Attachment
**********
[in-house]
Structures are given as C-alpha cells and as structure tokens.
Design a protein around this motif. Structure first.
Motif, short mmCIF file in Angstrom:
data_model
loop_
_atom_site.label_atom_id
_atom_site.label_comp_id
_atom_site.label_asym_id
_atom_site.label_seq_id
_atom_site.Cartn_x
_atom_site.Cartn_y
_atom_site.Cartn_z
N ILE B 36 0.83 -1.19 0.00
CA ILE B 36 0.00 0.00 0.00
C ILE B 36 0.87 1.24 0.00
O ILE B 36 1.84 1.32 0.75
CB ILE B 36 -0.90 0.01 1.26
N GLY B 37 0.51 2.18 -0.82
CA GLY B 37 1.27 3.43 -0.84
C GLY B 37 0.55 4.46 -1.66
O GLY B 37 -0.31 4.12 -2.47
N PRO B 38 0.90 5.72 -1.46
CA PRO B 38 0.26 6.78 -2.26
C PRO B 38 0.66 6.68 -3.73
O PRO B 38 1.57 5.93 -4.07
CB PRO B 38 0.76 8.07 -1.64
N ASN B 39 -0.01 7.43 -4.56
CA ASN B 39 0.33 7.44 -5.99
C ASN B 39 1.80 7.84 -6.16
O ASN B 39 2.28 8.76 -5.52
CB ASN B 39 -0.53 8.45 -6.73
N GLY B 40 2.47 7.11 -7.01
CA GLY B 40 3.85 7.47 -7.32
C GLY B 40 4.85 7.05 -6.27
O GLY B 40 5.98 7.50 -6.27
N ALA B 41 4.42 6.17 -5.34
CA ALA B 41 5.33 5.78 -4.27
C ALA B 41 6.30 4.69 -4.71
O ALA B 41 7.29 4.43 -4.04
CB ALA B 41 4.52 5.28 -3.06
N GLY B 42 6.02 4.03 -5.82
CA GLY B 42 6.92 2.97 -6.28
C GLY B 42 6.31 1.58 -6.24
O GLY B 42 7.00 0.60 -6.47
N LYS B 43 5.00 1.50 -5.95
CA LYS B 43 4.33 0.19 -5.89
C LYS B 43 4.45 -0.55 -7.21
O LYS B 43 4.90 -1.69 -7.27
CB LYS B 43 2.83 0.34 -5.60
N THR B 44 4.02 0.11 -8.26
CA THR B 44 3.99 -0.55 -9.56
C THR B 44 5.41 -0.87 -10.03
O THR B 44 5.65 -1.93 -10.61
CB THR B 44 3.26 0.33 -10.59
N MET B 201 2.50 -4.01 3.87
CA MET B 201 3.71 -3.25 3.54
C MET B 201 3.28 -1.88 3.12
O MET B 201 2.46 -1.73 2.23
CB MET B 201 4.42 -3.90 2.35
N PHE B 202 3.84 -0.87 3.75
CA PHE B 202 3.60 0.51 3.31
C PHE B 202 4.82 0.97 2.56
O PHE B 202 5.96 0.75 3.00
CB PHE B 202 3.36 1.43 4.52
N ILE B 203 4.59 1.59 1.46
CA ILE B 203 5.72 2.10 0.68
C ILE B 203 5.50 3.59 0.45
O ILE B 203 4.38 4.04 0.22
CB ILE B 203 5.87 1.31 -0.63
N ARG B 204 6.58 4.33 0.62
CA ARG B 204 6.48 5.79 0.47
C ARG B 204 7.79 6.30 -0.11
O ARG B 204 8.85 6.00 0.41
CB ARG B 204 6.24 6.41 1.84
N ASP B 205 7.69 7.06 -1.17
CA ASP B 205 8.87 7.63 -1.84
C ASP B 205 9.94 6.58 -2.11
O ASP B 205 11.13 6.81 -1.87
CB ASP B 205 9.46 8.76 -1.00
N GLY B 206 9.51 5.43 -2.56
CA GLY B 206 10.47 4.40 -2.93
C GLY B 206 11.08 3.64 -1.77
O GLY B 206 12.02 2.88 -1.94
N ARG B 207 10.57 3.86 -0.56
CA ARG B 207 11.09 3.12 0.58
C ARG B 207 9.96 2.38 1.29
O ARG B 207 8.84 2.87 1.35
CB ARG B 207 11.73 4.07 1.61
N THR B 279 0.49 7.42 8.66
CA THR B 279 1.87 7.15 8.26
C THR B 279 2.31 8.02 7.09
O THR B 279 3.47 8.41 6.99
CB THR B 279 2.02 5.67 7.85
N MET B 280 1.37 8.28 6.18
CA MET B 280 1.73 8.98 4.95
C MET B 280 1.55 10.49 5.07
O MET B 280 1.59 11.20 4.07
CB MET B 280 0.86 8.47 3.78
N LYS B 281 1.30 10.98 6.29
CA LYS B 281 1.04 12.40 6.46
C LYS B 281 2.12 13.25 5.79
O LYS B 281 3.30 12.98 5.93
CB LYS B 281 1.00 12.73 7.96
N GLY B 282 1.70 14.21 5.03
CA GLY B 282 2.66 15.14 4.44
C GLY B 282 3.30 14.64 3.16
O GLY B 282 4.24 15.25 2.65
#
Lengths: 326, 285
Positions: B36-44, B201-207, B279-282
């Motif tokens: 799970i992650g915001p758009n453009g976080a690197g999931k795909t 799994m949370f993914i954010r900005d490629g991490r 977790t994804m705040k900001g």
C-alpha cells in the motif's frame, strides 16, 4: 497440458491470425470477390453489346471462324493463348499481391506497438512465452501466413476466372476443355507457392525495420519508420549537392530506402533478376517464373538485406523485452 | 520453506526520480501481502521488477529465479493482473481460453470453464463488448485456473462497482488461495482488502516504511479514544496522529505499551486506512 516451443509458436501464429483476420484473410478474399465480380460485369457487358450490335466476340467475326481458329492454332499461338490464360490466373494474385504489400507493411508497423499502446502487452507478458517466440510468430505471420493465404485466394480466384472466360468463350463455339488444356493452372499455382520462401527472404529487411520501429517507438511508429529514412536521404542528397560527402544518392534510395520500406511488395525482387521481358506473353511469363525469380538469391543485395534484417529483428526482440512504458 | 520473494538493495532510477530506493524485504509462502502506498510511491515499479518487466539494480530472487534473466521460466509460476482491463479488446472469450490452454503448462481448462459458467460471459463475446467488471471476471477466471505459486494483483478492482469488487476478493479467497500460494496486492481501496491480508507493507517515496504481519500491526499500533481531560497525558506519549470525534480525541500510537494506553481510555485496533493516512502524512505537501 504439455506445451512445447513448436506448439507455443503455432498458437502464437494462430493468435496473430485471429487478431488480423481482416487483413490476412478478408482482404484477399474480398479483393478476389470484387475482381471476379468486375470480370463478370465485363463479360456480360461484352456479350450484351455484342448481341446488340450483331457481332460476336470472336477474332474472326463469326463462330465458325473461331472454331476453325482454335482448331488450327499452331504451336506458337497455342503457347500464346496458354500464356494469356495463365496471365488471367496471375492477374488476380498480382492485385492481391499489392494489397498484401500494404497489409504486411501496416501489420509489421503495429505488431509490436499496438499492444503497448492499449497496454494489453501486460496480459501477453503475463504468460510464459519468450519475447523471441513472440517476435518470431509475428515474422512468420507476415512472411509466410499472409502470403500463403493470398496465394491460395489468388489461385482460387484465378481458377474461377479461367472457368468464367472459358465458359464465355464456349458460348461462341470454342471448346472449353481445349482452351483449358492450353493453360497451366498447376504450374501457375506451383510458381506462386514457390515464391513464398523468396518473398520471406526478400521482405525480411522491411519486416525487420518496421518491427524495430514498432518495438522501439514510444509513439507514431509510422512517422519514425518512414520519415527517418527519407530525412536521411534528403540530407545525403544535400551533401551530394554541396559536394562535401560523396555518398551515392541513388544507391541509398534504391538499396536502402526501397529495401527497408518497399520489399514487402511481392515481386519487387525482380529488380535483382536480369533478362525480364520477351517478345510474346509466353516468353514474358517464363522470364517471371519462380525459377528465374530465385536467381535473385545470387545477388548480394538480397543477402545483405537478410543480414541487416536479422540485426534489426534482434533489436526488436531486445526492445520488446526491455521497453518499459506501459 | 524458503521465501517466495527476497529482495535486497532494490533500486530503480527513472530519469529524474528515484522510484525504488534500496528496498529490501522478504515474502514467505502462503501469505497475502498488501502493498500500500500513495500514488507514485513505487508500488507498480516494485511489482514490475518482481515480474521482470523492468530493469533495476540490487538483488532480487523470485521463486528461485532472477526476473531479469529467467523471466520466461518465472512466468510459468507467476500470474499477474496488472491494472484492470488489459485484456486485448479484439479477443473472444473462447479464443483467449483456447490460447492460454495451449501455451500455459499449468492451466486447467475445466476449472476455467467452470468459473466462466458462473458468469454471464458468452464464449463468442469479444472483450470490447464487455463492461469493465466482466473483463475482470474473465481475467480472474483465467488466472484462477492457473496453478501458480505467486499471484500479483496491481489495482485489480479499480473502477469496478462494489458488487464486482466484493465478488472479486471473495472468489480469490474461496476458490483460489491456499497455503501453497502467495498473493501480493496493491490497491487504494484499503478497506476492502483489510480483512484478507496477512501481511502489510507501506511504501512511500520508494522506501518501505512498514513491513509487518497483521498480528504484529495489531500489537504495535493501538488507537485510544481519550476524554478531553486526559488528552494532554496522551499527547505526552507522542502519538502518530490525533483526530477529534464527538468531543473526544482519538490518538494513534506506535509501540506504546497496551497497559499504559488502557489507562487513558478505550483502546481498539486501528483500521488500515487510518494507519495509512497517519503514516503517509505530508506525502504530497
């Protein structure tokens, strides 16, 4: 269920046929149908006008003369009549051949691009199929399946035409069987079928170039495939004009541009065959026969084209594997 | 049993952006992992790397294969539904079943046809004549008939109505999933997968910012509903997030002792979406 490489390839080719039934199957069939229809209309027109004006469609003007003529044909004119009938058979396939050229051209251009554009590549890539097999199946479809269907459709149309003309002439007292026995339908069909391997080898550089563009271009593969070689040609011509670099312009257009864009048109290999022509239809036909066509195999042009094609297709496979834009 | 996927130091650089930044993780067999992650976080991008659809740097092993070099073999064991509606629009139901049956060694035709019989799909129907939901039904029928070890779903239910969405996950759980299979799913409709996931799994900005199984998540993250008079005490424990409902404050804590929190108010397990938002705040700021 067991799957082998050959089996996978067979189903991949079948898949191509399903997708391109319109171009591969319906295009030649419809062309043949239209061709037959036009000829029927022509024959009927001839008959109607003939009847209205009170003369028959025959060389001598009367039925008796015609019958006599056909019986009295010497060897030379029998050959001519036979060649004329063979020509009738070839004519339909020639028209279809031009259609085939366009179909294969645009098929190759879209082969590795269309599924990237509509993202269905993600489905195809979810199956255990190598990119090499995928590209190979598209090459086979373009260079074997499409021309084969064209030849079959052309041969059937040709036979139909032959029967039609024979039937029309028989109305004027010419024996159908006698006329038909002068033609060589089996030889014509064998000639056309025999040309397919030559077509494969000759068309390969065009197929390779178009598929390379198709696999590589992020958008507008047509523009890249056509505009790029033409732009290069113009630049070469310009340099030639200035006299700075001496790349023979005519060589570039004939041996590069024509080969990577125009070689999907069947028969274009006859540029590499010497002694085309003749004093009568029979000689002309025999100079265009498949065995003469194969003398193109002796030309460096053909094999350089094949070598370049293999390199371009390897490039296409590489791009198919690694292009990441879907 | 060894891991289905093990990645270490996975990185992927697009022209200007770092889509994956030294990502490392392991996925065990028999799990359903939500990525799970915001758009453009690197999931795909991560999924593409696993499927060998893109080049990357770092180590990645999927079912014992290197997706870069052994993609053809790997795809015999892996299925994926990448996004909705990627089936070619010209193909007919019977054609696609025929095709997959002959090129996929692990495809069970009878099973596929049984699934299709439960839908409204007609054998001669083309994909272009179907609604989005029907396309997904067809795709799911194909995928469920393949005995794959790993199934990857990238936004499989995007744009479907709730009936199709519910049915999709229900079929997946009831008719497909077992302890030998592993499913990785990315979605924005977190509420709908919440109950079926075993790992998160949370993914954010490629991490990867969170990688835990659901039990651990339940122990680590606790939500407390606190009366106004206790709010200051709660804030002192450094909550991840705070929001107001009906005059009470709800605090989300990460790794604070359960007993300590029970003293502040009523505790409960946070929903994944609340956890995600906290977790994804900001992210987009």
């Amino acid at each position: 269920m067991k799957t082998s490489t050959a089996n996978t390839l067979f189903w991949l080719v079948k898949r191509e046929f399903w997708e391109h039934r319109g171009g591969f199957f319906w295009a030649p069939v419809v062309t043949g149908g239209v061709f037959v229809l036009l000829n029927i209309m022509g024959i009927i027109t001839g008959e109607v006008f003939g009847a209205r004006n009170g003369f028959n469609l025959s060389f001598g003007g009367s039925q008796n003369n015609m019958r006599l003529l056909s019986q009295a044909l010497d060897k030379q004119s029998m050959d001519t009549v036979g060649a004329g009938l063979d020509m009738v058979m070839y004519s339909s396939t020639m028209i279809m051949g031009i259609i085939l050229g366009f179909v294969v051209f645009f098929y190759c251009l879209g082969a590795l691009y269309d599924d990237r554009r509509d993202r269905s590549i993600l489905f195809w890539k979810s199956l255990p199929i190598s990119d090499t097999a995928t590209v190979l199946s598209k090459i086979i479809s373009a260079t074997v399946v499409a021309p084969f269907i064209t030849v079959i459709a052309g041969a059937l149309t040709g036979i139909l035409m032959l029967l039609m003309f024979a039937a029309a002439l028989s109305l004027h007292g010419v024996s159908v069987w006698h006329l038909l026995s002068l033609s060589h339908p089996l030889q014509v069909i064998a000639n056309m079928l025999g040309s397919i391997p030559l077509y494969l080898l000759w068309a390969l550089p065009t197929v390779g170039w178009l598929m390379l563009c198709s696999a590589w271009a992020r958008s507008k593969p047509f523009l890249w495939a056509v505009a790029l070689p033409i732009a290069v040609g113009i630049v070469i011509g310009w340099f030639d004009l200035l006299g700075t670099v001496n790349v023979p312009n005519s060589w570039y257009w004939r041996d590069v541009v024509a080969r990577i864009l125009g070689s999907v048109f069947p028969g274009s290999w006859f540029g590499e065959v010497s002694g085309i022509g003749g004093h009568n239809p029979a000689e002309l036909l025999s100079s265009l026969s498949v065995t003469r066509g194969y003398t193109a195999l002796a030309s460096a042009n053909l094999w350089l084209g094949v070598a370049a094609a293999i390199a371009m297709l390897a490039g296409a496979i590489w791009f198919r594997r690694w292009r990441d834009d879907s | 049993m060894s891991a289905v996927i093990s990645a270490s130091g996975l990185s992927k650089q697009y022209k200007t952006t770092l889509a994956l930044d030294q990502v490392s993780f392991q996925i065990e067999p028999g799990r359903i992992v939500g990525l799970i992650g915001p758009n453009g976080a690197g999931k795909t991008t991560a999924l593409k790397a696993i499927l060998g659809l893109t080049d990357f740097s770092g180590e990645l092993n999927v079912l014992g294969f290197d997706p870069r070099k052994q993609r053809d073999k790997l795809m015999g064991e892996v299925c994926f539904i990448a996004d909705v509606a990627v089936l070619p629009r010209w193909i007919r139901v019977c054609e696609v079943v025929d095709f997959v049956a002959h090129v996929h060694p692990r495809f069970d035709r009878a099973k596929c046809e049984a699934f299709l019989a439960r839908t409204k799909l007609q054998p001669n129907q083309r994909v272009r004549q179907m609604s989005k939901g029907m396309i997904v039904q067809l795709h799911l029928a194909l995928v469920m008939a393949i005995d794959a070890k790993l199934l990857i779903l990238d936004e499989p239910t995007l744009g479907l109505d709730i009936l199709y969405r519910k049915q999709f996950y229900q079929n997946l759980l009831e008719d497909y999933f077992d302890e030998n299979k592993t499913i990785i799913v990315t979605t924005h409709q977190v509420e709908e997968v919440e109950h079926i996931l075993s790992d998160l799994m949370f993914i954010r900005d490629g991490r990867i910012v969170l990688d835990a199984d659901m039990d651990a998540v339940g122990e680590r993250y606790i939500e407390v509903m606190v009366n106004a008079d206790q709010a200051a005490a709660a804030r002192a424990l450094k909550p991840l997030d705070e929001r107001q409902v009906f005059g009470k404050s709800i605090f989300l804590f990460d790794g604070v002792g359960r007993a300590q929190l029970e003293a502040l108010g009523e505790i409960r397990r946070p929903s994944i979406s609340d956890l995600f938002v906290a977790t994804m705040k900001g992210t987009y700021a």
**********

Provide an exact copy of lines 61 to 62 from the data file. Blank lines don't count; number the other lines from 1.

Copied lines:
N PHE B 202 3.84 -0.87 3.75
CA PHE B 202 3.60 0.51 3.31